Lines in the Water: Sea Tenure as Custom Today
Much has been made (in the popular literature and media, especially) about the Dreamtime and Story-places so central to understanding Aboriginal cosmology. In deciphering local relationships to the land and sea, one cannot help but be impressed by the very real qualitative differences between indigenous and Western property concepts and laws. Too much can be made of cultural differences, however. There is a danger in over-romanticizing indigenous custom, especially in the context of land and sea rights politics. In his welcoming speech to the recent IUCN General Assembly meetings in Perth, Bob Hawke, the Australian prime minister, drifted off into never-never land when he proclaimed, "Australia's Aborigines, who for 40,000 years had acted out their belief not that they owned the land but that the land owned them, were perhaps the world's first conservationists."
A strong thread of Green Primitivism runs through the environmental movement in Australia, as it does elsewhere, but Mr. Hawke's statement - portraying Aboriginal people as "nature's gentlemen" - plays straight into the hands of Aboriginal land rights opponents. The notion that "they don't possess the land it possesses them" is a distortion: it seems to imply that Aboriginal people may be so spiritually superior that they never had to develop property systems of their own.
Patterns of old lines and zones in the sea in Torres Strait - not just straight ones but wavy ones, too - may be tangled and blurred (and are still mostly transparent to outsiders). In fact all the different kinds of imposed boundaries on maps do make the place look like spaghetti. But in some places, pockets or vestiges of what were perhaps long ago full-blown customary tenure systems persist. So what? Well, we might ask what would have already happened to fragile reef-associated habitats and valuable fisheries if territorial systems like this were not operating in places like the Solomons, Vanuatu, Papua New Guinea, and Torres Strait. If sea tenure did not exist, it would probably have been necessary to invent it. In fact it is being reinvented - as "custom" today in parts of Oceania, and in the form of "limited entry" restrictions in fisheries worldwide.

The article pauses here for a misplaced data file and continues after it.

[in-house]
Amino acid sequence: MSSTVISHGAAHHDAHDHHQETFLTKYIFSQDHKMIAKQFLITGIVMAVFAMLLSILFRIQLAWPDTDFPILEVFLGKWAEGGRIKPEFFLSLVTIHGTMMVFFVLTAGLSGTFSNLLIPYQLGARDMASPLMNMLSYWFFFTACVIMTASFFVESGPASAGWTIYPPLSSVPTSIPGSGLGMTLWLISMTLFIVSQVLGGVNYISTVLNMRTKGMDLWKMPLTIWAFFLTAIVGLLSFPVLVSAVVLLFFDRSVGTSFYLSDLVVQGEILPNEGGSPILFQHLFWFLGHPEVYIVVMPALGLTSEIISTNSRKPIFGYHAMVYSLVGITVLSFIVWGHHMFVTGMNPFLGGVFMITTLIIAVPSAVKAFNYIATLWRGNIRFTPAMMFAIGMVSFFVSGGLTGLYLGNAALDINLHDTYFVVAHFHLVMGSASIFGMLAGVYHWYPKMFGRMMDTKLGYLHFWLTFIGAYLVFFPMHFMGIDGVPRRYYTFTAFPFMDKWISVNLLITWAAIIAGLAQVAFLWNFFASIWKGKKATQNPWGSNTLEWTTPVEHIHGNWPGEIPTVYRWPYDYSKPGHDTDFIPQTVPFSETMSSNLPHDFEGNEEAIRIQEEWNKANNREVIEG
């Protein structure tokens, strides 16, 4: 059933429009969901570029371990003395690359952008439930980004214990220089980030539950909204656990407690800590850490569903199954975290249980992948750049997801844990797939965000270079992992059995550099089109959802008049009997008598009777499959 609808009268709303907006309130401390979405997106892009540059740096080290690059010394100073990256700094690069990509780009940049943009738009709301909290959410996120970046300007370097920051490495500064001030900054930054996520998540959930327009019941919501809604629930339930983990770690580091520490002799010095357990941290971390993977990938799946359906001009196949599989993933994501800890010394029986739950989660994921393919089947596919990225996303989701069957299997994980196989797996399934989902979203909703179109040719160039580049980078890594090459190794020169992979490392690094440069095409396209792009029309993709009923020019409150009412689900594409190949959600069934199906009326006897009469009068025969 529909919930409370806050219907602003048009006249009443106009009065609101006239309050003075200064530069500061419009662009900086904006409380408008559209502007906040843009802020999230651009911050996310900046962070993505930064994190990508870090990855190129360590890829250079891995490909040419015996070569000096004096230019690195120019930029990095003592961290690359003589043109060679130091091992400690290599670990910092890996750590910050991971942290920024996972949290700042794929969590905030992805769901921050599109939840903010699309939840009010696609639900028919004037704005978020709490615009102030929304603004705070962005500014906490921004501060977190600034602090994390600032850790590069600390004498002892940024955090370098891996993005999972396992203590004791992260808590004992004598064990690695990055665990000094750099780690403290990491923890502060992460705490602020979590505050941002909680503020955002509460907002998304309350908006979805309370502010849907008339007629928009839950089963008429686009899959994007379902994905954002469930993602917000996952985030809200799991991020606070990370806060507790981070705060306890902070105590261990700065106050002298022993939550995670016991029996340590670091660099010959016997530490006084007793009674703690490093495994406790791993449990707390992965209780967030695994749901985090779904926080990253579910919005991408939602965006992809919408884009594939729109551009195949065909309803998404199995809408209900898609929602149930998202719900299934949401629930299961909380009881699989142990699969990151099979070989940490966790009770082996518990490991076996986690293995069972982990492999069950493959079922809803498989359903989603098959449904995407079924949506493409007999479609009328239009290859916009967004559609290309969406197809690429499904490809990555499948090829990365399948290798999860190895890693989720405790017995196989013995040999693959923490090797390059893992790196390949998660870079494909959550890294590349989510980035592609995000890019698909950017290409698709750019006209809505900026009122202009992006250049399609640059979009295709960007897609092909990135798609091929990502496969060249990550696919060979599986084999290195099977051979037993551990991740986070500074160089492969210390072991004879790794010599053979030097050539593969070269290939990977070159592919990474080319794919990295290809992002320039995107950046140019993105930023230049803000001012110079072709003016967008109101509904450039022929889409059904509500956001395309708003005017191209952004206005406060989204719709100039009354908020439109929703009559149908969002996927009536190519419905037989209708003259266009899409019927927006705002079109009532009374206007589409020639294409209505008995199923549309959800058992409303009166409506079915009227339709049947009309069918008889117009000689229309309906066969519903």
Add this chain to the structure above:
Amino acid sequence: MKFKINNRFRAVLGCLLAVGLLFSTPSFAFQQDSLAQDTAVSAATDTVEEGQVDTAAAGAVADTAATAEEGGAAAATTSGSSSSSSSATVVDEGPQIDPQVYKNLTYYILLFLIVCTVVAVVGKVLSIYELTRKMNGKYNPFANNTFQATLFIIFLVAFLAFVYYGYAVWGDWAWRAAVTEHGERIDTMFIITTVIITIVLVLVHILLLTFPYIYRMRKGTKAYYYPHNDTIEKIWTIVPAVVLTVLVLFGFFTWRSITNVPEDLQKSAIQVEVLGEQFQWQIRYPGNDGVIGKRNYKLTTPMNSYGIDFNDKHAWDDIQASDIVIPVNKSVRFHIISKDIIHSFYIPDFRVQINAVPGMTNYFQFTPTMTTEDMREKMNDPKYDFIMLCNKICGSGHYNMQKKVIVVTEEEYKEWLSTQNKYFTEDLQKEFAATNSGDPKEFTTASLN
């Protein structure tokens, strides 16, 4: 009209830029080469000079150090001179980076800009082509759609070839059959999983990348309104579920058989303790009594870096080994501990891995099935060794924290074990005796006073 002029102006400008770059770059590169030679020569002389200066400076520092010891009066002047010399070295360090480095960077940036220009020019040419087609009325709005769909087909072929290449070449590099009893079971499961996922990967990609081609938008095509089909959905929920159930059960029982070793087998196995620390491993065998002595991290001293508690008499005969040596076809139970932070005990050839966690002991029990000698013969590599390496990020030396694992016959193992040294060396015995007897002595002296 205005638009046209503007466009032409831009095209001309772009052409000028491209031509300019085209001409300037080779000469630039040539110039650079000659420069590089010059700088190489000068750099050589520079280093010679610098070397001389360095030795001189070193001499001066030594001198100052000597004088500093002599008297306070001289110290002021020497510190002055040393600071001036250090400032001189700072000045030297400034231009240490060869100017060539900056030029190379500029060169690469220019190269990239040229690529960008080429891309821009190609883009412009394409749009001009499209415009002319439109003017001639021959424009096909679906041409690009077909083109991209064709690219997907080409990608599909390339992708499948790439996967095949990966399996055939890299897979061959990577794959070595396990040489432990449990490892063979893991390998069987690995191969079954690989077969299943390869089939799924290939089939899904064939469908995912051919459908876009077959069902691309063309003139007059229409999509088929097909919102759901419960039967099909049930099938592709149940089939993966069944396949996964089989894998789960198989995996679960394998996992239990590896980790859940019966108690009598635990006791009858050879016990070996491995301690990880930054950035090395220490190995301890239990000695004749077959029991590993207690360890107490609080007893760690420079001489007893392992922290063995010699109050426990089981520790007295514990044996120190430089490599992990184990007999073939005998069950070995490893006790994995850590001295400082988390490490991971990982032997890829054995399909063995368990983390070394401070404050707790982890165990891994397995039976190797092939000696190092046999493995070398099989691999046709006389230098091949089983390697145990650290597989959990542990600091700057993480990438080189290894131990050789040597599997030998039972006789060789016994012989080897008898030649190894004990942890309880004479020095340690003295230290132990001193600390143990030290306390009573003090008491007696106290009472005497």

Pacific peoples' distinctive hereditary, custodial association with inshore and coastal seas - their local sea tenure customs - find perhaps their most elaborate, durable expression in western Oceania and Melanesia. Communal sea tenure is a mechanism that limits entry. Provided that steps are taken to evaluate and appropriately modify and strengthen tenure customs in a sustainable development context, they may effectively remove the condition of open access, which can lead to the destruction of common property resources. It is important to work to preserve the organizational principles of marine property institutions embedded in customary law, kinship, and wider social fields. Sea rights can help fix social responsibility in caring for the marine environment. They constitute potent conservation tools, impossible to replicate in purely external administrative settings. However, it is also impossible, at least in western Oceania, to separate resource management needs from concerns for cultural identity and group continuity, social justice, and local insistence on a high degree of autonomy in managing the ancestral domain.
1. The bulk of material that has emerged from the Aboriginal Land Rights Act in Northern Territory is available in the form of "Sea Closure Application Books" or Land Claim Books lodged with the Northern Territory Land Commissioner.
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1988 Marine Tenure and Resource Development in Marovo Lagoon, Solomon Islands: Traditional Knowledge, Use and Management of Marine Resources with Implications for Contemporary Development. Report to South Pacific Forum Fisheries Agency. Honiara, Solomon Islands.
1981 Words of the Lagoon: Fishing and Marine Lore in the Palau District of Micronesia. Berkeley: University of California Press.
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1985 The Status of Documentary Information on Aboriginal and Islander Fishing and Marine Hunting in Northern Australia. In F. Gray and L. Zane, eds. Traditional Knowledge of the Marine Environment in Northern Australia. Workshop Series No. 8. Great Barrier Reef Marine Park Authority, Townsville, Australia.
1987 Usage of Marine Resources by Aboriginal Communities on the East Coast of Cape York Peninsula. A report to the Great Barrier Reef Marine Park Authority. Sir George Fisher Center for Tropical Marine Studies. James Cook University of Queensland, Townsville, Australia.
Article copyright Cultural Survival, Inc.